I saw an article by Carol Kuruvilla, the HuffPo religion reporter, come across my feed today that educates Christians about how they should avoid talking to doubters in various insensitive ways.

The best thing about the article: Its advice that doubters ought to encourage Christians to “learn to step into someone else’s shoes and try to see how your words and actions are being received.” Indeed, it is through an expansion of empathy and up-leveled perspective-taking that many tensions can be diffused or avoided.

The worst thing about the article: Steeped in flatland presuppositions, it refuses to acknowledge that the fact of development is very often the central implicit issue behind the conflicts. It’s not about Christians v. doubters; it’s often about people in a traditionalist mode of life locking horns with people transitioning into a modern mode. In terms of James Fowler’s stages of faith, we are talking about people in Mythic-Literal stages talking to people transitioning to Synthetic-Conventional or Individuative-Reflective stages.

There are many reasons Kuruvilla’s avoidance of the topic of development shortchanges her readers. One of them: she doesn’t allow the doubters to expand their own awareness of the dynamics of the conflict to allow the Christian their own space to hold their own developmentally appropriate worldview without judgment or to frame their disagreements as simply a moment in time which will eventually pass away and which affords everyone an opportunity for learning and awareness of Spirit’s movements through holarchical patterns.

Many times, at a certain stage of development (possibly that Individuative-Reflective stage that Fowler talks about), a former Christian or doubting Christian can get overly preoccupied with a narcissistic occupation with their own feelings, their own hurts, and yes even their own doubts and beliefs. That’s when their sensitive self bristles at any slight to their ego, however minor. Perhaps Kuruvilla is speaking out of the concerns of this stage when she lists 6 offensive phrases that Christians must avoid at all costs to protect the feelings of other people, and then she writes:

Instead of using the offensive phrases like the ones listed above, try this instead.
Recognize that your words and actions may not be helping and that in fact, they can make things even worse.

Yes, indeed. The sad truth is that so far as many integralists have been able to observe, when two people are situated at different stages of faith and they start talking at one another in an effort to help the other person, their words have the opposite effect instead. Talk about a frustrating situation!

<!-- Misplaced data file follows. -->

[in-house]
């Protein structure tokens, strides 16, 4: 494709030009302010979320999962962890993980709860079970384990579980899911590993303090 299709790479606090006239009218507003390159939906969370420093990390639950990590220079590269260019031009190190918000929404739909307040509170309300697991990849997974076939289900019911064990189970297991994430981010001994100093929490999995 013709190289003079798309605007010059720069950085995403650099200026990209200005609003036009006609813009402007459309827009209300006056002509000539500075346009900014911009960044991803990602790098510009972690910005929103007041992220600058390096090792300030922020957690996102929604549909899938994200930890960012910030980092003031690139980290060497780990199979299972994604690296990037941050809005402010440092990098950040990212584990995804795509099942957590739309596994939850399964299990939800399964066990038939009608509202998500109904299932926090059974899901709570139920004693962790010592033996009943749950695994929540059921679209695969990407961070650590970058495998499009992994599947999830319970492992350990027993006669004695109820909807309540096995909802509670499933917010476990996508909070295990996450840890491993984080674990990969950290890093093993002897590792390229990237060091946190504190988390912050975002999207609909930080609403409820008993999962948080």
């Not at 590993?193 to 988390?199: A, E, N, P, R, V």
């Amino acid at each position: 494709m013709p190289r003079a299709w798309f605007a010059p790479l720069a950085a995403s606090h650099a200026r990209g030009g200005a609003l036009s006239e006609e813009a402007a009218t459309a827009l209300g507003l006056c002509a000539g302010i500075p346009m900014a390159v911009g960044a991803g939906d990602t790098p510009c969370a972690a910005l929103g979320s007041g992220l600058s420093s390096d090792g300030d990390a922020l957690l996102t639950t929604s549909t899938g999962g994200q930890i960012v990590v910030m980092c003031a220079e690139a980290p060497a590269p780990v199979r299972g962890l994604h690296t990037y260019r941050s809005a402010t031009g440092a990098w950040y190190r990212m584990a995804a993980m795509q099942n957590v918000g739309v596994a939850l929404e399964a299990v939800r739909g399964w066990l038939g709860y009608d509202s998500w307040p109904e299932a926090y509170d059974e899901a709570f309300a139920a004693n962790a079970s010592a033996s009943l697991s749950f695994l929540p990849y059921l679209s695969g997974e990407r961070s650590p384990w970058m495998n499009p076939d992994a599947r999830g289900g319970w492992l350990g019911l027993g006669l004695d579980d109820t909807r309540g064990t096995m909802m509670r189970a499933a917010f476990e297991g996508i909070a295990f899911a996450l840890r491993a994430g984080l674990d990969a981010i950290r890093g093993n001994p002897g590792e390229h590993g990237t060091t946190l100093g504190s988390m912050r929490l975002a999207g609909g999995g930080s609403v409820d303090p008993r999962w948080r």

But this is true BOTH for the Christian and the ex-Christian, for the traditionalist and the modernist, or the Amber believer and the Orange doubter (to use terms from Integral Theory). When people at a later stage of faith start insisting that people at an earlier stage of faith act in a way that is foreign to their mode of existence, then they are also acting problematically.

And so we are back to encouraging empathy and expanded perspective-taking from all parties. That’s my primary integrally-informed recommendation for all parties concerned in a nutshell, at both levels.

I think that this recommendation can honestly help, but let’s not fool ourselves. Both the typical traditionalist and the typical doubter are probably deeply convinced that they are thinking about the nature of things in a given representation of reality that is not only real-to-them but real-for-everyone.

If both mythic believer and reflective doubter began to take seriously the idea of development then this bedrock presupposition of both their worldviews would begin to collapse; reality might seem to shift underneath their feet. Their conscious and unconscious mind would seek to protect themselves from the disequilibrium.

(Note that I’m not saying that my own perspective isn’t true, only that it is partly a construction situated in myriad contexts and therefore it is only more or less implicitly real-for-everyone, not actually real-for-everyone.)

Unless they are ready to move on to a more expanded level of their own consciousness, wherever they are at, then the integralist ought not to expect too much change by offering their own well-intended advice. Oftentimes, we must learn to just let it be, not because we approve of people causing each other offense and suffering, but because wisdom itself appears to suggest acting carefully in order to allow Spirit to take the reigns in order to bring about a win-win-win situation that perhaps no one expected or could have planned.

What do I mean by “win-win-win”? A win for the Christian: they feel accepted and affirmed in all that is vital about their faith. A win for the doubter: their ego is strengthened by letting go of attachment to needing a particular response from someone incapable of it. And a win for the integralist: we may witness the dualistic drama as framing our own internal struggles, two phases of our own past development, and thereby heal a part of ourselves by being a part of the process as a sort of “universal donor” to all parties.

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